Las pruebas estandarizadas convencionales, evalúan sólo una muestra de las amplias habilidades requeridas para conseguir éxito en la escuela y en la vida. En contraste, la teoría aumentada de la inteligencia exitosa afirma, que la inteligencia implica habilidades creativas en la producción de nuevas ideas, habilidades analíticas para evaluar si las ideas son buenas, habilidades prácticas para implementar las ideas en la práctica y para convencer a otras personas sobre el valor de las ideas, y habilidades basadas en la sabiduría para confirmar que uno está utilizando sus conocimientos y habilidades para servir a un bien común. Se crearon tres proyectos para evaluar la teoría respecto al acceso a la universidad. En primer lugar, el Proyecto Rainbow (Arco Iris) demostró que la predicción del primer año de rendimiento académico en la universidad se podría aumentar; al mismo tiempo, se puede conseguir la disminución de diferencias entre los grupos étnicos en una evaluación predictiva, en comparación con la prueba de acceso a la Universidad. En segundo lugar, el Proyecto Caleidoscopio, mejoró la predicción del rendimiento académico y extracurricular en comparación con los resultados obtenidos por los alumnos en las pruebas de acceso a la Universidad, pero las diferencias entre los grupos étnicos que se obtienen habitualmente, desaparecieron. En tercer lugar, el Proyecto Panorama mostró el éxito de técnicas similares, en una población menos selectiva (es decir, de menos éxito académico). Los proyectos demuestran que la aplicación de la teoría de la inteligencia exitosa aumentada mejora los procedimientos de acceso a la universidad.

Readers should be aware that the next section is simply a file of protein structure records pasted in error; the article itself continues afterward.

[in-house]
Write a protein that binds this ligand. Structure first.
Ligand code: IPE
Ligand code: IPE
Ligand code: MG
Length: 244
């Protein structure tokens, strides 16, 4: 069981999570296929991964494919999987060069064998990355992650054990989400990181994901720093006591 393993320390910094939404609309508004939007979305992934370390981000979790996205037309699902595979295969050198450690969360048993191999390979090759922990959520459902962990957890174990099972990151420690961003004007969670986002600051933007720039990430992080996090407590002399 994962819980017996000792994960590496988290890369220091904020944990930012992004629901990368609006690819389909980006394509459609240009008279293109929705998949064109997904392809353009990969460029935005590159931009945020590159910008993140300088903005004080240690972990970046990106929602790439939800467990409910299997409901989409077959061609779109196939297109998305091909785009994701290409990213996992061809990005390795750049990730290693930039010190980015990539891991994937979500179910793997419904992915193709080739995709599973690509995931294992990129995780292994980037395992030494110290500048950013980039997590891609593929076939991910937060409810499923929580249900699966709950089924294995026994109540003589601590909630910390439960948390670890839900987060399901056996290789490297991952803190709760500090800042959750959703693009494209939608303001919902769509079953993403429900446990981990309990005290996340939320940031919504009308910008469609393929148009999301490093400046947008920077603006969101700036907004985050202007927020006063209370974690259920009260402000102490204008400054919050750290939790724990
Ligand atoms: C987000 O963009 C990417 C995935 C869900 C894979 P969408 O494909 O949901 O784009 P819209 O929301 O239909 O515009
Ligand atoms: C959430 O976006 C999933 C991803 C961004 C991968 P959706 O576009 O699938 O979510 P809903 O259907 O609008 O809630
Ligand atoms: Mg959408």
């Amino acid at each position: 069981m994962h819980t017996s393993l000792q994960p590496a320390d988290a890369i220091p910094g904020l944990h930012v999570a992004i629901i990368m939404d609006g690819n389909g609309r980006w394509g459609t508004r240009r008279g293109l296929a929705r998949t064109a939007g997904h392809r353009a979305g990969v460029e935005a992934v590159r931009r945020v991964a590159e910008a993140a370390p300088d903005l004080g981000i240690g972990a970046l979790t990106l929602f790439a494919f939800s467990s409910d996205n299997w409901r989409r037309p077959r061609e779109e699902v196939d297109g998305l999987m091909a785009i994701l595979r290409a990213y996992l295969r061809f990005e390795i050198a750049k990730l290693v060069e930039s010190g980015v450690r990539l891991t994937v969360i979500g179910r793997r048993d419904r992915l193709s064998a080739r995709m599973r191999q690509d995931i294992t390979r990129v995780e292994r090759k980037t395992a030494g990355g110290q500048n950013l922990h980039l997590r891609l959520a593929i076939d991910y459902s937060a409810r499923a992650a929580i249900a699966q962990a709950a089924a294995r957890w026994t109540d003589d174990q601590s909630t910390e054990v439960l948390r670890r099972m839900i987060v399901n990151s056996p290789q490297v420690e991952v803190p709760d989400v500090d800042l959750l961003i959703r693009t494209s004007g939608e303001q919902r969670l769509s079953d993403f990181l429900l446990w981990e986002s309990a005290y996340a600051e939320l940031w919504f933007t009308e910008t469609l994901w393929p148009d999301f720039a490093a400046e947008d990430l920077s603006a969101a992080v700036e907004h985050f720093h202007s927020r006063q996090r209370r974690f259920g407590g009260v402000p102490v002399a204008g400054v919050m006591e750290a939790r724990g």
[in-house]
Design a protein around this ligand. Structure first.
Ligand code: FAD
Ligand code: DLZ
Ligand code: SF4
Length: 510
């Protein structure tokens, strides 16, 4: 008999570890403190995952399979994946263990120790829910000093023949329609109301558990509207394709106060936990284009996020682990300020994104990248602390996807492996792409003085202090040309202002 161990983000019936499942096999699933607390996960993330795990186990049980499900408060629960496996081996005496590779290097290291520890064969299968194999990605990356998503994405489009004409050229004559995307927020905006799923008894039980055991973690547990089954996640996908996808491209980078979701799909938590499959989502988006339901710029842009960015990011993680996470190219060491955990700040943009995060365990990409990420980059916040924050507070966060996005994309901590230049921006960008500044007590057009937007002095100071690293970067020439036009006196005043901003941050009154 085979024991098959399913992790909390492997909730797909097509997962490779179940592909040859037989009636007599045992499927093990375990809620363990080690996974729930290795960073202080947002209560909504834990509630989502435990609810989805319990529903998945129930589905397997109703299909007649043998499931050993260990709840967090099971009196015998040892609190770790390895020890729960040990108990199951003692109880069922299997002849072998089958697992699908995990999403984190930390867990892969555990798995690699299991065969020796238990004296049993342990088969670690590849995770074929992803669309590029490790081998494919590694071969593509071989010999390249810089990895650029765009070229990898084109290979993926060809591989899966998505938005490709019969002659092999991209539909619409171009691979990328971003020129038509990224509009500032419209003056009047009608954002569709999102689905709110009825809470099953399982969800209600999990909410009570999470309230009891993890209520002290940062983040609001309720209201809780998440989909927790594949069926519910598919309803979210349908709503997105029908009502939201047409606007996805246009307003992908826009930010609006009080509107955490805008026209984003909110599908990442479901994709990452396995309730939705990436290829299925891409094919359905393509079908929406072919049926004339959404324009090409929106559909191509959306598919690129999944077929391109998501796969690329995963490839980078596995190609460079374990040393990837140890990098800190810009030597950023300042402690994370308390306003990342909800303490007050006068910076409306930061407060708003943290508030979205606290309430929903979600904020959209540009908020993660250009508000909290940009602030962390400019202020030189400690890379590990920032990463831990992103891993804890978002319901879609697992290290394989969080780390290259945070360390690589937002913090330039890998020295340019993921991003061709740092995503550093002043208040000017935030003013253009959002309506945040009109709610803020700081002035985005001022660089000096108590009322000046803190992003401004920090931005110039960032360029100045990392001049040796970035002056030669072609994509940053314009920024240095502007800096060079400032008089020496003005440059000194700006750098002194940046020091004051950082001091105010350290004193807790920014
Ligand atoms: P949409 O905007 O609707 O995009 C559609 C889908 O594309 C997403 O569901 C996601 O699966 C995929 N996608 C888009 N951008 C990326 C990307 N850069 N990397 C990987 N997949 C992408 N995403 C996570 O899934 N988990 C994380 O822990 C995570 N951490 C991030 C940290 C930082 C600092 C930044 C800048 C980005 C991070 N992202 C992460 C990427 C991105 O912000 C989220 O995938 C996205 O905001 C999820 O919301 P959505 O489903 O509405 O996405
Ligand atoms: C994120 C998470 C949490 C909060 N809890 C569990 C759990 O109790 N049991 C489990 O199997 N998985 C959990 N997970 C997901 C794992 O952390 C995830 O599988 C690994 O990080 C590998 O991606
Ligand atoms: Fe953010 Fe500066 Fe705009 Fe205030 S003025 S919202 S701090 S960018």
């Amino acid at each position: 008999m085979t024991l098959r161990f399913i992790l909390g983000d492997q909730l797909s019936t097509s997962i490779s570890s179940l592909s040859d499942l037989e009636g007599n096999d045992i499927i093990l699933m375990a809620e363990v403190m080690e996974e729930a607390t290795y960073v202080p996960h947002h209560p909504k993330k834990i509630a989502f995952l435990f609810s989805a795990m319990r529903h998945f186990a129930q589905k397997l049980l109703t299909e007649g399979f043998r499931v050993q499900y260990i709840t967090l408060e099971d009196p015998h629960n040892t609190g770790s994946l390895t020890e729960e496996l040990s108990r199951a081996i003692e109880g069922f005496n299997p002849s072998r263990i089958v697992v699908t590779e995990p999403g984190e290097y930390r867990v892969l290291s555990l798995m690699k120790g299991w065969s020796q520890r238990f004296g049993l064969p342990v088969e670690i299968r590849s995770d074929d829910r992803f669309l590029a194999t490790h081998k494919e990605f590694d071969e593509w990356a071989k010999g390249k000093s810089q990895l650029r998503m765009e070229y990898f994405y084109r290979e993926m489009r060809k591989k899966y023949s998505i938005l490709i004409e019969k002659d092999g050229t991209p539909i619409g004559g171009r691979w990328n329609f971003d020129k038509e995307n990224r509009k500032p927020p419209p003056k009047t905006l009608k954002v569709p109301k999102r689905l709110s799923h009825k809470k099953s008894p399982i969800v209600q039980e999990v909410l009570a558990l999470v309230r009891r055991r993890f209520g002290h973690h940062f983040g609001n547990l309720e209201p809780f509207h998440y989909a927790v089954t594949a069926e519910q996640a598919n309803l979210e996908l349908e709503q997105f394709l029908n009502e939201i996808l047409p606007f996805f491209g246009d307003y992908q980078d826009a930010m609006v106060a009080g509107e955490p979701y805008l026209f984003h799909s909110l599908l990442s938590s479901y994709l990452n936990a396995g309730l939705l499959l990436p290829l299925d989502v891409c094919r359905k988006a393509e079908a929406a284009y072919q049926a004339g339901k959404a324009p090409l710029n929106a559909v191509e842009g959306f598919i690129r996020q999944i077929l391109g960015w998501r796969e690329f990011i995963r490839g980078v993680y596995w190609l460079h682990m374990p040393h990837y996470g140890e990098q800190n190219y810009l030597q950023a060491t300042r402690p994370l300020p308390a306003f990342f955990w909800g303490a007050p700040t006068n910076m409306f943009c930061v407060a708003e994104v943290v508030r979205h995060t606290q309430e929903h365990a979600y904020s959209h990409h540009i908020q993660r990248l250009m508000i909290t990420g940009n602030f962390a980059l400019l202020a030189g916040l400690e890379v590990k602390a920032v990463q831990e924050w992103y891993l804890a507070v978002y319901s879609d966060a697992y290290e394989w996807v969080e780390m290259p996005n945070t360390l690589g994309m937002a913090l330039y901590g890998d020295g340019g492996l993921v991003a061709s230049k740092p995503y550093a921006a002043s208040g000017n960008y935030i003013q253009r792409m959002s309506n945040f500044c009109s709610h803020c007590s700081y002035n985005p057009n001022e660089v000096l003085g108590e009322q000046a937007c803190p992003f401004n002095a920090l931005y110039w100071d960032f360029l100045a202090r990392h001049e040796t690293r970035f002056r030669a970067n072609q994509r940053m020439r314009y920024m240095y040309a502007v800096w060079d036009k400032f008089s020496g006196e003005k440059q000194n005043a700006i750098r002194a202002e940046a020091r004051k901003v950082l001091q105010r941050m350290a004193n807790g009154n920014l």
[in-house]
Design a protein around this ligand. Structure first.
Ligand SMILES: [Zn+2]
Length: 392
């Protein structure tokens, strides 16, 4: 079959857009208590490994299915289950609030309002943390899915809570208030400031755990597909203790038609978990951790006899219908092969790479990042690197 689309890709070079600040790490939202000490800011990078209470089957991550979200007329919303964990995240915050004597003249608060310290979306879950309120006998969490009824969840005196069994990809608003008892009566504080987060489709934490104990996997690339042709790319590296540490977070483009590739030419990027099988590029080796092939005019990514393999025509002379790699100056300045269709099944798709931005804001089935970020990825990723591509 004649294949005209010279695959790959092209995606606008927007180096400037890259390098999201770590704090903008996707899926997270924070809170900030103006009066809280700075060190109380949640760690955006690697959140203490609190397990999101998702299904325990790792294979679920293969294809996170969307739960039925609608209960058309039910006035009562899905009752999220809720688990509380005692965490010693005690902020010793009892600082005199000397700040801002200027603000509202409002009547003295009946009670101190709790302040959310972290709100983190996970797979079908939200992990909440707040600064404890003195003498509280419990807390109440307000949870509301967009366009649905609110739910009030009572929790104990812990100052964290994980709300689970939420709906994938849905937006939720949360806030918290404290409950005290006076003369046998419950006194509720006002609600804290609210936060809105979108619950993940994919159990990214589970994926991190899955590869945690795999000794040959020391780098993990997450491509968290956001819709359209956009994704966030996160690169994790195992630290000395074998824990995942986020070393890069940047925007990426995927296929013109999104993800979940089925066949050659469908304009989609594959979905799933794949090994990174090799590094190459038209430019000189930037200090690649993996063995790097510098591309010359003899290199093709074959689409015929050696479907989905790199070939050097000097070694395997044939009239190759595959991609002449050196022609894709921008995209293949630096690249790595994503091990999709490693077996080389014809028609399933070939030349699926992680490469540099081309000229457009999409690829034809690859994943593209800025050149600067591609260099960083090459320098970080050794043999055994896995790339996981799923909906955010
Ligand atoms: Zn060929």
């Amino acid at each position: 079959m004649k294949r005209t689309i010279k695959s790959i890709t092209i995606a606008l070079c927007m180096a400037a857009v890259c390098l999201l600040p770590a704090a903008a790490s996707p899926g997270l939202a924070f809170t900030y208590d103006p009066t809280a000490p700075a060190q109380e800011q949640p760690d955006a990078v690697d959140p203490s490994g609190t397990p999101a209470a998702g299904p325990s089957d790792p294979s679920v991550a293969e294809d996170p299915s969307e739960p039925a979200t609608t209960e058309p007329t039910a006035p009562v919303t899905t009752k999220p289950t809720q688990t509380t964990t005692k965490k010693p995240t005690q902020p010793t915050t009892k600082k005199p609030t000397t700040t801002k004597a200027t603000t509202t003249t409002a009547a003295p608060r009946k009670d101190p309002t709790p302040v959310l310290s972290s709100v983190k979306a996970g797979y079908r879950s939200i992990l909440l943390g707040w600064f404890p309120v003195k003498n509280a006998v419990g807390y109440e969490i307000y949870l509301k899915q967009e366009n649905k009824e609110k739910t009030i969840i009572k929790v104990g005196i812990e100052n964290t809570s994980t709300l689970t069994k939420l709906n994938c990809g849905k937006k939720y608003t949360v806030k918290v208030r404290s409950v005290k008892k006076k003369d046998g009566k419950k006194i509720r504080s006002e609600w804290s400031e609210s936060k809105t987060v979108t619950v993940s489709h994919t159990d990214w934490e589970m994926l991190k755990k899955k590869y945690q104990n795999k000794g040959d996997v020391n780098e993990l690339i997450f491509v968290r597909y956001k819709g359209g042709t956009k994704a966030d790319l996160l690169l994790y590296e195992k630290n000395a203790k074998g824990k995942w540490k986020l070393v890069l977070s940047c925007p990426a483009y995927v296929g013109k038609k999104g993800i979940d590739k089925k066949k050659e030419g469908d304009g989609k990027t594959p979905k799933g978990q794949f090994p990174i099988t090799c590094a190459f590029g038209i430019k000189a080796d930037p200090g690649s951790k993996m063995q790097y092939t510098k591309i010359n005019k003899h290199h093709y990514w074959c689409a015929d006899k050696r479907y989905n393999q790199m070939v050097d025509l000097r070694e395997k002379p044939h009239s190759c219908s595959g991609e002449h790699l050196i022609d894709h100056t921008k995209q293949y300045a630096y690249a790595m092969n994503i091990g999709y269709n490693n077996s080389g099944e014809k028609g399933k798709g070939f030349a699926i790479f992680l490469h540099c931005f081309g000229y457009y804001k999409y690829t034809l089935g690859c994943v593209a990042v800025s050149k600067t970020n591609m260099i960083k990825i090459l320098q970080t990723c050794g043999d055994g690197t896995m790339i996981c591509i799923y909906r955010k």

Palabras clave:
Inteligencia exitosa
Test
Cociente intelectual (CI)
Pruebas acceso Universidad
Rendimiento académico
Texto completo

There was a time when even the Model T Ford was a great innovation. But innovations don’t stay innovative forever, and today, if you see someone driving a Model T, you are likely to view the car as quaint, antique, passé, or any of a number of other things, but not as innovative or even particularly useful except for generating feelings of nostalgia.

Roughly a century ago, the pioneers of intelligence testing introduced ideas and technological innovations that, for their time, were revolutionary. Since that work by these pioneers, Alfred Binet and Theodore Simon, testing to identify cognitive skills prerequisite to academic and other forms of success has changed relatively little (Binet & Simon, 1916). In contrast, other technologies, such as medical testing, telecommunications, and computation, have changed enormously. No one would want to be tested for cancer with early 20th century technology, or wait to pay for an operator to connect a long-distance call, or look forward to the future day when UNIVAC, one of the first computers, could help with their data analysis. If any other technology had stayed about the same for 100 years, people would be amazed. Yet, this retro world is the world in which we live in the field of testing the abilities of the gifted and the not so gifted.